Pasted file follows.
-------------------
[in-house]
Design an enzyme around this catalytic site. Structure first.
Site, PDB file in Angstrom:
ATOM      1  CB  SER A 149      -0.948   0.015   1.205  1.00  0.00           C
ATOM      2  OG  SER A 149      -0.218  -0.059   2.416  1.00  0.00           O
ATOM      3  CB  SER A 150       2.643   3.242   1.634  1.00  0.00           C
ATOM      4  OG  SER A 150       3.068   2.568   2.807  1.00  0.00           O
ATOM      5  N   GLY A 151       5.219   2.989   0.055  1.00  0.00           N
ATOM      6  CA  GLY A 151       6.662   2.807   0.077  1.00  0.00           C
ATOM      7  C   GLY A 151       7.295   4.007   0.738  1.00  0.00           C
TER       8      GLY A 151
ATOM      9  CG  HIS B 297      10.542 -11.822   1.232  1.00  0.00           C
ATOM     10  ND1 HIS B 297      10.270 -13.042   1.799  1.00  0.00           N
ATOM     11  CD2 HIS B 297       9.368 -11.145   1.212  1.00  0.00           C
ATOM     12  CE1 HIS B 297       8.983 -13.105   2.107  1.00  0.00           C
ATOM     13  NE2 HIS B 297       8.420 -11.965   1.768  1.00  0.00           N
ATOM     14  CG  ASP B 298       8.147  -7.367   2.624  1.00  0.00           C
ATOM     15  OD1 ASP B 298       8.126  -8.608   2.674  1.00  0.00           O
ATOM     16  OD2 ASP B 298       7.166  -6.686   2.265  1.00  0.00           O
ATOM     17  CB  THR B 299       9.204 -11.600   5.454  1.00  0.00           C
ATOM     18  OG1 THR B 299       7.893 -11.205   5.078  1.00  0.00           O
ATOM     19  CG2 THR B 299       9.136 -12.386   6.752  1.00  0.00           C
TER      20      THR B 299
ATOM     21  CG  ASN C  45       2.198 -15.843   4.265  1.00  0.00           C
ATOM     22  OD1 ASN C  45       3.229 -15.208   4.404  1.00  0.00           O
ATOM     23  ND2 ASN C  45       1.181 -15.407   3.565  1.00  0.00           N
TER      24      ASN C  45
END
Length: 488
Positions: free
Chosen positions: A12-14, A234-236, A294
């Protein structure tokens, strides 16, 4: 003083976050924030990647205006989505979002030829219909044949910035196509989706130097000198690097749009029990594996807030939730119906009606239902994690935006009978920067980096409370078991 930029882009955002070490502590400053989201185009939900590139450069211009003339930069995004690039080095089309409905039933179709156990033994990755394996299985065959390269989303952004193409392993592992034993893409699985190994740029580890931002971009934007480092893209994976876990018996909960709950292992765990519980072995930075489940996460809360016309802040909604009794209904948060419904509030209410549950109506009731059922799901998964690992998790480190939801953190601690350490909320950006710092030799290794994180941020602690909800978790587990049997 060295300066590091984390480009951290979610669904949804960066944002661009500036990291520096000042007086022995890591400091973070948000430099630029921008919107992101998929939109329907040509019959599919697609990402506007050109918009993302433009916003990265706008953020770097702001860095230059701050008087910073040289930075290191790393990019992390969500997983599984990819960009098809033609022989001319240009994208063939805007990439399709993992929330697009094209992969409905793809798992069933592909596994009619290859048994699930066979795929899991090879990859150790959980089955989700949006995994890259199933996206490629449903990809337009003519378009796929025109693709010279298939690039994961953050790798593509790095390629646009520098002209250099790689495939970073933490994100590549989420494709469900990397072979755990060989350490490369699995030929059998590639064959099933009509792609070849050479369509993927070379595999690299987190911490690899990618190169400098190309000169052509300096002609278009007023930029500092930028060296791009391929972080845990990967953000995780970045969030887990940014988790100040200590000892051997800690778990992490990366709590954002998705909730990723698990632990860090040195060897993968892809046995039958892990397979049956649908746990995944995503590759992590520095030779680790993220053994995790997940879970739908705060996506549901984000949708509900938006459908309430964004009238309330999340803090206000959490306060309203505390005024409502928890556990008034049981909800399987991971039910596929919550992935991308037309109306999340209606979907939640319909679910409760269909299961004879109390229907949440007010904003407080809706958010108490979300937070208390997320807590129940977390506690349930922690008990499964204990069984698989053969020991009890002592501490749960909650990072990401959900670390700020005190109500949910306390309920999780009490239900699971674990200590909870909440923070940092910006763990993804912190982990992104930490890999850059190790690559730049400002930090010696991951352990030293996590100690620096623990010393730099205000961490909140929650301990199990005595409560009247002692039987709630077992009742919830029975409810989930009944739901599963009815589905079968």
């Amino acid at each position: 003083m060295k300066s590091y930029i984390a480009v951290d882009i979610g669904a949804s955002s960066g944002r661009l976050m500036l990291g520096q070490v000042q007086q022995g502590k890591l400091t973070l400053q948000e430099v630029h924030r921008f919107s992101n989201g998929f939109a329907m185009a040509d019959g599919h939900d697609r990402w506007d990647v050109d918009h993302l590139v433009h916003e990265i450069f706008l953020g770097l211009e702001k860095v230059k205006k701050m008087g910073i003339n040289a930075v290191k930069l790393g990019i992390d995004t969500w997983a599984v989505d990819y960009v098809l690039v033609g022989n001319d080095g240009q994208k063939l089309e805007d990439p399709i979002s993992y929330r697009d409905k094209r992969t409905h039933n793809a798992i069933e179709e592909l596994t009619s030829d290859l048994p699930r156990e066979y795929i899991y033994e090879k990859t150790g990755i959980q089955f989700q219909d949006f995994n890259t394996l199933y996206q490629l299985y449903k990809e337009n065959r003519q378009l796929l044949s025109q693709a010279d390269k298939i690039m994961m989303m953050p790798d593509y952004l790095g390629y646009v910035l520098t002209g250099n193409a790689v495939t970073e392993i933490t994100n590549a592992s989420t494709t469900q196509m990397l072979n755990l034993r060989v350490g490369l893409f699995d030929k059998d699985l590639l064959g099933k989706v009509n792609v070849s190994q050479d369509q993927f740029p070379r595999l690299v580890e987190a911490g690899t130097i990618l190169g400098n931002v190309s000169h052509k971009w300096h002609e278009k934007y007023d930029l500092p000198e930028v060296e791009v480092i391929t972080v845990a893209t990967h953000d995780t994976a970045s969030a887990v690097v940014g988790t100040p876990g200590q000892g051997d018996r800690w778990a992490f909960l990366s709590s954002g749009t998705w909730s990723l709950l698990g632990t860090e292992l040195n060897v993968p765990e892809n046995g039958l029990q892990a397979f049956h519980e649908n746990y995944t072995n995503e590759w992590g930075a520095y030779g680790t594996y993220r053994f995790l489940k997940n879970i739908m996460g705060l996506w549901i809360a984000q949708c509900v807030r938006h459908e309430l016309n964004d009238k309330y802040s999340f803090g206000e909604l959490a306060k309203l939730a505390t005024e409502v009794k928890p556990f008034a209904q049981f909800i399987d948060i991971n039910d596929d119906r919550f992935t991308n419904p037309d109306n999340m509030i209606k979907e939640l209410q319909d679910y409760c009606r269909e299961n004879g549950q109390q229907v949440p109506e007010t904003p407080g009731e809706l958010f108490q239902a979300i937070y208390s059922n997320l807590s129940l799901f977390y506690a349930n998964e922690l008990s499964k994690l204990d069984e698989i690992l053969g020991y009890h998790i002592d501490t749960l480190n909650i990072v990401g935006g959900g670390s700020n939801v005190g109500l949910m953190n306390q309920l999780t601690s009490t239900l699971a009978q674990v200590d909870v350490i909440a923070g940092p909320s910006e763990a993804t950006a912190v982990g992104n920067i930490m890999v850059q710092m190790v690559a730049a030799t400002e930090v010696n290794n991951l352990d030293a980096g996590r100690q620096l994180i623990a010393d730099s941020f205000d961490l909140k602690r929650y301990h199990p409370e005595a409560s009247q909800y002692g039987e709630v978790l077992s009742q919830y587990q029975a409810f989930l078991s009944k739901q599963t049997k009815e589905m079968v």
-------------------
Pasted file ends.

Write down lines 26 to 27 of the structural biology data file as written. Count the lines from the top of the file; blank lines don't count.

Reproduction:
ATOM     23  ND2 ASN C  45       1.181 -15.407   3.565  1.00  0.00           N
TER      24      ASN C  45